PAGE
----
Role Suitability and Job Performance Research


Role suitability and job performance are two of the key elements studied and developed by occupational psychologists, and have frequently been discussed over an extended period of time. Job performance measures an individuals ability and results in their job, taking into account their ability to use initiative, their thoroughness in completing the tasks assigned to them and the effort they put into each. (Boshoff & Arnolds, 1995) Role suitability is the governing attribute looked for in interviews and recruitment and measures the individual against criteria associated with successful application in a specific job role.

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When considering potential employees, it is vital for companies to ensure that they employ the most effective and efficient worker for the role, whilst also ensuring that the individual will be able to shoulder the responsibilities of the work the role entails. To achieve this, occupational psychologists are employed to advise in the recruitment process. They consider the individual differences that are vital in predicting ability and behaviour within a job role.

Two main factors that are considered as the main indicators in job performance are personality type and general mental ability (GMA). General mental ability tests have been used for many years as a measure of potential job performance and validated research over an 80 year period has shown that the tests correlate with job performance measures across a large variety of job roles. (Outtz, 2002) GMA is most often referred to as intelligence, though differentiates from the intelligence normally spoken about by psychologists due to its lack of genetic potential. It is more accurately portrayed as an individuals ability to learn (Hunter & Schmidt, 1996) Used as a general indicator of ability, it does not measure specific aptitudes that may be involved in a job, such as numerical aptitude or verbal aptitude.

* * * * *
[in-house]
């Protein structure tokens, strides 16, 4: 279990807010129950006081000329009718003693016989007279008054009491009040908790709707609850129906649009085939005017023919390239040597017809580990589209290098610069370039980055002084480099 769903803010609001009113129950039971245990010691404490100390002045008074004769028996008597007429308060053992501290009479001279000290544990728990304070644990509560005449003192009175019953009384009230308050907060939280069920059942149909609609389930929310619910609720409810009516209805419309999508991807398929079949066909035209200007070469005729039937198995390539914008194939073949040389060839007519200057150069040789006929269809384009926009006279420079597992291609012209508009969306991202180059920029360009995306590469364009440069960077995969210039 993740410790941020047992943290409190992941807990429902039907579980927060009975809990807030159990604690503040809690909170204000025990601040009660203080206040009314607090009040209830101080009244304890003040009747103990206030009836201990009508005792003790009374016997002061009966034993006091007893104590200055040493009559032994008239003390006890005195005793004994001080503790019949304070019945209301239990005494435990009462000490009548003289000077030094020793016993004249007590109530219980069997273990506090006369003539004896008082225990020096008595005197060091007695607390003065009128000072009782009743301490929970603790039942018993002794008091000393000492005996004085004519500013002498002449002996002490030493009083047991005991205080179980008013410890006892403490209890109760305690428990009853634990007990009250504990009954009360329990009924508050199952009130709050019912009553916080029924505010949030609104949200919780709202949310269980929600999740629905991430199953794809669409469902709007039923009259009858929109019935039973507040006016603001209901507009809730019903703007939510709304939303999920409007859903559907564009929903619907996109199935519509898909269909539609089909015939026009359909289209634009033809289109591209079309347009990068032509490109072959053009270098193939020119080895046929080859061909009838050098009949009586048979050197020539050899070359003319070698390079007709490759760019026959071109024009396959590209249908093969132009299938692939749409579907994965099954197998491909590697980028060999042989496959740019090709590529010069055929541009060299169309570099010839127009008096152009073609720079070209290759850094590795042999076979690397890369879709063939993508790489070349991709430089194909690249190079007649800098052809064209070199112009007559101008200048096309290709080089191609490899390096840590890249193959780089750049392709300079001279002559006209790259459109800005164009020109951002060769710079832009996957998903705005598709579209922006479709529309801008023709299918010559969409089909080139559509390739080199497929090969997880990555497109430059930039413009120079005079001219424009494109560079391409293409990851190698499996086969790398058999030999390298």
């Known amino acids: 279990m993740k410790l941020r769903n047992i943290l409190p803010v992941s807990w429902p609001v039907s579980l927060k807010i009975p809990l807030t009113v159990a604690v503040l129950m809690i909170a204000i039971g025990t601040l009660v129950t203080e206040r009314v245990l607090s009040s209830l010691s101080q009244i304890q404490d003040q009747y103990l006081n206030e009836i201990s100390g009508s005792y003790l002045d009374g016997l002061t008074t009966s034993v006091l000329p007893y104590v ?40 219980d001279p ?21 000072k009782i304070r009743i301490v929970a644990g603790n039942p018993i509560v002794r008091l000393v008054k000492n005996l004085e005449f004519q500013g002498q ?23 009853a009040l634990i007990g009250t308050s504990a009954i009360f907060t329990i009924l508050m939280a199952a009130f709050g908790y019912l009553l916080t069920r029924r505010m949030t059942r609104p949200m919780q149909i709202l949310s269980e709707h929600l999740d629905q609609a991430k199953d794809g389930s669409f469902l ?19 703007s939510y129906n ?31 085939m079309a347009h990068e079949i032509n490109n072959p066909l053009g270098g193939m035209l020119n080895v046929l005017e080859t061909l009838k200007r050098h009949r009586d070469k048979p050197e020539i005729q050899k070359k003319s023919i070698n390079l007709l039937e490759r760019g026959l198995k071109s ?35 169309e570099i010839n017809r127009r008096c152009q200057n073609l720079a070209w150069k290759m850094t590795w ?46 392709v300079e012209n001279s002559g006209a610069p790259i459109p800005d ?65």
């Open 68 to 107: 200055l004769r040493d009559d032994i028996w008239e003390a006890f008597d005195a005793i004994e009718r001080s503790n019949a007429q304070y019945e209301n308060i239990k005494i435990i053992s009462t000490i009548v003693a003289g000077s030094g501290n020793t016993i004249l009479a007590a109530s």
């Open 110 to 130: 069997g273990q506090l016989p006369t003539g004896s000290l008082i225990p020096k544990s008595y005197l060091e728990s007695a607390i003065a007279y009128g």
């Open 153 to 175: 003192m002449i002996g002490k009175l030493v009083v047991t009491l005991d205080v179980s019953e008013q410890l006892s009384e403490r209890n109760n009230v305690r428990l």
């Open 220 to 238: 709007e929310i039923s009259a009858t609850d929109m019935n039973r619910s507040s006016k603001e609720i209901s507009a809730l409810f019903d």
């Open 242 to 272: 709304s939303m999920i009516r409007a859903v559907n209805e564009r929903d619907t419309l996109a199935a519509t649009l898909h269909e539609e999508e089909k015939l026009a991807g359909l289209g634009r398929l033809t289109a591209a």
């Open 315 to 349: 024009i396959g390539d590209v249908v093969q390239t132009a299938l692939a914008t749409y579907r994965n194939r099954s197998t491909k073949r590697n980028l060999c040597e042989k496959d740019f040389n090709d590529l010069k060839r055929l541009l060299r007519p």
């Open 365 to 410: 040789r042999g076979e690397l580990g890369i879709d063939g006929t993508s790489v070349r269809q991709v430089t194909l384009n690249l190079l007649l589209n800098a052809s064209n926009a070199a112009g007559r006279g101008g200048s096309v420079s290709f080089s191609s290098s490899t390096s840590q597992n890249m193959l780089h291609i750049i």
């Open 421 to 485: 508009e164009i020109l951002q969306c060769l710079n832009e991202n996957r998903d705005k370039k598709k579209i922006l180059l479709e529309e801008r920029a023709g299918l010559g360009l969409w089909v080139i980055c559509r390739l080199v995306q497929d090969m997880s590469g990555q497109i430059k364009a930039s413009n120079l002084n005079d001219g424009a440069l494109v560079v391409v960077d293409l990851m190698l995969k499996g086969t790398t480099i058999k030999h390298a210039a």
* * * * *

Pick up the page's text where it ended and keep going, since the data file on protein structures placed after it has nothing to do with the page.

Personality is the other highly regarded indicator of performance in the workplace. Early reviews into the use of personality and job performance gave negative conclusions (eg. Guion & Gottier, 1965, Reilly & Warech, 1993). However, more recent research has evidenced suggestions that certain job-related criteria can be predicted through the testing of personality. One advantage that it has over cognitive ability testing is that it allows an element of fairness in selection choice, due to a lack of adverse impact on employees.



The experiment was carried out by joint honours psychology and counselling students from University of Wales Trinity St David Swansea. The participants were of mixed gender, all aged 18 and over. Each participant gave full written consent before taking part in the experiment.


The experiment was of a correlational design, set to measure whether there were any correlational effects between personality type, in particular extroversion, and their abilities at scoring on a cognitive task.

The statistical analysis was carried out using IBM’s SPSS program (IBM, 2013). Descriptive statistics (means and standard deviations) will be used to analyse the results. Cronbach alpha coefficients was used to assess the internal consistency of the BFI-10 test. Finally Pearson product-moment correlation coefficients was used to examine the relationships between the variables.


Each participant firstly completed a consent form, giving full written consent as to their participation within the study. The BFI-10 questionnaire was then issued to the participant, completed, then received and recorded by the experimenter. The Sales ability task was then issued to the participant, its two parts described, then completed by the participant.